A British photographer has finally settled a two-year legal battle against Peta over a “monkey selfie” – but was the animal rights group correct to take it this far?
A macaque monkey named Naruto picked up a camera owned by David Slater and took an image of itself back in 2011 when Mr. Slater was on a photography holiday in the Indonesian jungle.
Peta appealed on the monkey’s behalf and said that the animal should benefit from funds made by Mr. Slater for the image. US judges hearing the case said that copyright protection could not be applied to the monkey, and Peta’s stance was dismissed. However, Mr. Slater has agreed to donate 25% of any future revenue from the imagery to registered charities “dedicated to protecting the welfare or habitat of Naruto”.
Speaking about this unusual case, Peta lawyer Jeff Kerr said: “This has sparked a massive international discussion about the need to extend fundamental rights to animals for their own sake, not in relation to how they can be exploited by humans”.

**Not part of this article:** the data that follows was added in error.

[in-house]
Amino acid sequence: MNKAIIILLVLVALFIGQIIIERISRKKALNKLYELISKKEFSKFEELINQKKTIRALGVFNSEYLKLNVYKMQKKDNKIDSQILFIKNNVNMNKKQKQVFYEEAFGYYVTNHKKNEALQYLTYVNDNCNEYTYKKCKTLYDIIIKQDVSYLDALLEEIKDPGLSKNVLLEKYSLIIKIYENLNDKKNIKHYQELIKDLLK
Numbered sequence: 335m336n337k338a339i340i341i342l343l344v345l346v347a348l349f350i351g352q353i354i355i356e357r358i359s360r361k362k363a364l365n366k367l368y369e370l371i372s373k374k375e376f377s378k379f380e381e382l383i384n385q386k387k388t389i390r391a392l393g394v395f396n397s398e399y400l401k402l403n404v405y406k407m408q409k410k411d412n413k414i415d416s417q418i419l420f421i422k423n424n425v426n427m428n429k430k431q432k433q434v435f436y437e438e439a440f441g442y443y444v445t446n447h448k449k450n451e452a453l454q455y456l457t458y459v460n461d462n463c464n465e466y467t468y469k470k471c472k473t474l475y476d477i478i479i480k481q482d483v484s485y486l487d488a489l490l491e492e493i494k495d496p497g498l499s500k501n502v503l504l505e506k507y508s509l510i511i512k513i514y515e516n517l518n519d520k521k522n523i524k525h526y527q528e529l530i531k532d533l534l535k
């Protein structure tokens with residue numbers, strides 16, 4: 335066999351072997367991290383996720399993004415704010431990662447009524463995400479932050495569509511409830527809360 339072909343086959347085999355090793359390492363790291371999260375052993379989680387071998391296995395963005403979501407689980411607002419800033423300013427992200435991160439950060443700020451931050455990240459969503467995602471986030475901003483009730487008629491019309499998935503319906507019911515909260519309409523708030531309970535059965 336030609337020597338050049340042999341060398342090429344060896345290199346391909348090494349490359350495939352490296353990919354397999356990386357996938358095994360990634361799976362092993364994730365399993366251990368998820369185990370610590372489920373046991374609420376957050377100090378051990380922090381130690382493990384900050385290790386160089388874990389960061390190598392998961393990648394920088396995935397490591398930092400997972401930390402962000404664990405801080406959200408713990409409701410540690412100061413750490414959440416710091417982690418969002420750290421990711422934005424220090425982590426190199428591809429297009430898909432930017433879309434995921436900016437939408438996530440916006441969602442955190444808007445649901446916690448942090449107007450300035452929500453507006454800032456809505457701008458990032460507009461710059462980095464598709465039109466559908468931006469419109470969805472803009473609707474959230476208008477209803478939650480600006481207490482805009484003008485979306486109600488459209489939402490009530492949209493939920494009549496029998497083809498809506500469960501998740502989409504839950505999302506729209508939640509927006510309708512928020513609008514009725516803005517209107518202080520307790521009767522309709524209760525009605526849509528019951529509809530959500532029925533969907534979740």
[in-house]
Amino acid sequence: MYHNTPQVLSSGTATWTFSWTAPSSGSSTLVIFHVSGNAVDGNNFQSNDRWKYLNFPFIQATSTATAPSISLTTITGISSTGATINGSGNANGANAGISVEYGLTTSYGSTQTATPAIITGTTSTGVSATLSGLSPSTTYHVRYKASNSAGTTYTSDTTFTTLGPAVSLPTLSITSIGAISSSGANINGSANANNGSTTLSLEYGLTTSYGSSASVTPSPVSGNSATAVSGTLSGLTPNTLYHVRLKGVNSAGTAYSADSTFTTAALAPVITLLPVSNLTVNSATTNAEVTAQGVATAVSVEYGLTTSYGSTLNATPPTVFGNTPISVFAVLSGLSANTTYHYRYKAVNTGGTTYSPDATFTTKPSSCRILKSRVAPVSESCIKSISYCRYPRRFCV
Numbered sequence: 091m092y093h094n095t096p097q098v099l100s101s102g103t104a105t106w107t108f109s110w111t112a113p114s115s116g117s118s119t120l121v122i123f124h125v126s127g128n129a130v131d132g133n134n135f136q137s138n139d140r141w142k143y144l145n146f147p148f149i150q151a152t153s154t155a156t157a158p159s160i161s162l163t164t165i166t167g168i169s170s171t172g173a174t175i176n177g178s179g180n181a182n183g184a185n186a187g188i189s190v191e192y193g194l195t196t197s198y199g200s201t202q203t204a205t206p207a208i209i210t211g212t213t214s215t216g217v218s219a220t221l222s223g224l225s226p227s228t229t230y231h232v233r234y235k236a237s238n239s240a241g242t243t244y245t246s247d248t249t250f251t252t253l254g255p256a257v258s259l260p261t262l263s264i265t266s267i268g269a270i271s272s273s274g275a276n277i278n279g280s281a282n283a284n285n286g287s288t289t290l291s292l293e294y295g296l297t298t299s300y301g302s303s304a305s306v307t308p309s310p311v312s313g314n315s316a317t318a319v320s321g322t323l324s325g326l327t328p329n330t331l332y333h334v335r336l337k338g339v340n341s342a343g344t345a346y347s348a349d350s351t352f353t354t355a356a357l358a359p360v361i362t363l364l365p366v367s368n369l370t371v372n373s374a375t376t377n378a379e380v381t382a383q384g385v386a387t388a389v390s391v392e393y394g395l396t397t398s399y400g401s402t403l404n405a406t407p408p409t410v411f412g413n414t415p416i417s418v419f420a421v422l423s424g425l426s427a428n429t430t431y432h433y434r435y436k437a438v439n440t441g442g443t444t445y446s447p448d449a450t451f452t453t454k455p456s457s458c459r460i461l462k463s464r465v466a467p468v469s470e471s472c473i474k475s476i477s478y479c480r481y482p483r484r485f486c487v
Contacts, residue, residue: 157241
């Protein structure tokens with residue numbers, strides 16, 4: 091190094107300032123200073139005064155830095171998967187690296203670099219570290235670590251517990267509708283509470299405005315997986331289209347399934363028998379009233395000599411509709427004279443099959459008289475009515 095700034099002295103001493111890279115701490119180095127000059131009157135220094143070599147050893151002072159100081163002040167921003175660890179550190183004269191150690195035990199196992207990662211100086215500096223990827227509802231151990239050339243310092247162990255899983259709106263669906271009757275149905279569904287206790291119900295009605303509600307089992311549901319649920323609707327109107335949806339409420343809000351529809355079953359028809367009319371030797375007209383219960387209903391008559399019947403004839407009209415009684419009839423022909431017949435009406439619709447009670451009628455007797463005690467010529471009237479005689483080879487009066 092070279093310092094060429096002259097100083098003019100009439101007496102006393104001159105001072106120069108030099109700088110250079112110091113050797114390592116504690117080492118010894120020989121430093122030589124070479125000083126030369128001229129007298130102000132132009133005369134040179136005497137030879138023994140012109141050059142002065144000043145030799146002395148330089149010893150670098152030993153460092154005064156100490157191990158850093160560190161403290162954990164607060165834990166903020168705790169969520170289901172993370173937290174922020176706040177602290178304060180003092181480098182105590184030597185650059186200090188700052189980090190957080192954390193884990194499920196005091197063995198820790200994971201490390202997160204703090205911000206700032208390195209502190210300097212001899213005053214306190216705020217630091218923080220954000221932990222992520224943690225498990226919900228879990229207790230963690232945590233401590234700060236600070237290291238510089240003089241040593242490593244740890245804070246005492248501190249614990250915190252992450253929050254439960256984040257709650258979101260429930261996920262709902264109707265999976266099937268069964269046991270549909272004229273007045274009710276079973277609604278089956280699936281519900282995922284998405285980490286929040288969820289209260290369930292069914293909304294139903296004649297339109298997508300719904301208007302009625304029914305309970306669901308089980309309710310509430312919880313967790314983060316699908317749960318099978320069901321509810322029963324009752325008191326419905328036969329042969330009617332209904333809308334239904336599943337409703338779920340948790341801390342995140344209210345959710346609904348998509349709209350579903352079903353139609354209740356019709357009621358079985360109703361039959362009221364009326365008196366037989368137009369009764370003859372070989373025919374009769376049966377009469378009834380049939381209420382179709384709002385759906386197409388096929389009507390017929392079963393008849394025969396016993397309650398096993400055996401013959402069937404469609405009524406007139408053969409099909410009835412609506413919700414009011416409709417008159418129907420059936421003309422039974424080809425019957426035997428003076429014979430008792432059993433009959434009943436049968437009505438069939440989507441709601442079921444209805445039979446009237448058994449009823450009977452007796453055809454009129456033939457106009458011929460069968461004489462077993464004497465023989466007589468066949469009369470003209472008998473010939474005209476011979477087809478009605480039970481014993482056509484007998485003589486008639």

The case was listed as “Naruto v David Slater” but the identity of the monkey had also been initially disputed, with Peta claiming it is a female called Naruto and Mr. Slater saying it is a different male macaque.
So can we expect an influx of future cases involving animals and their copyright and imagery rights? Pinney Talfourd’s Company Commercial Solicitor Ed Garston says “it is unlikely to lead to a flurry of additional cases but you just never know – this one has certainly sparked the public’s interest.”
If you have more questions relating to intellectual property, image rights or copyright as a whole, do not hesitate to seek specialist advice from Pinney Talfourd’s Commercial Department – email us by using the form to the right.The contents of this article are for the purposes of general awareness only. They do not purport to constitute legal or professional advice. Specific legal advice should be taken on each individual matter. This article is based on the law as of September 2017.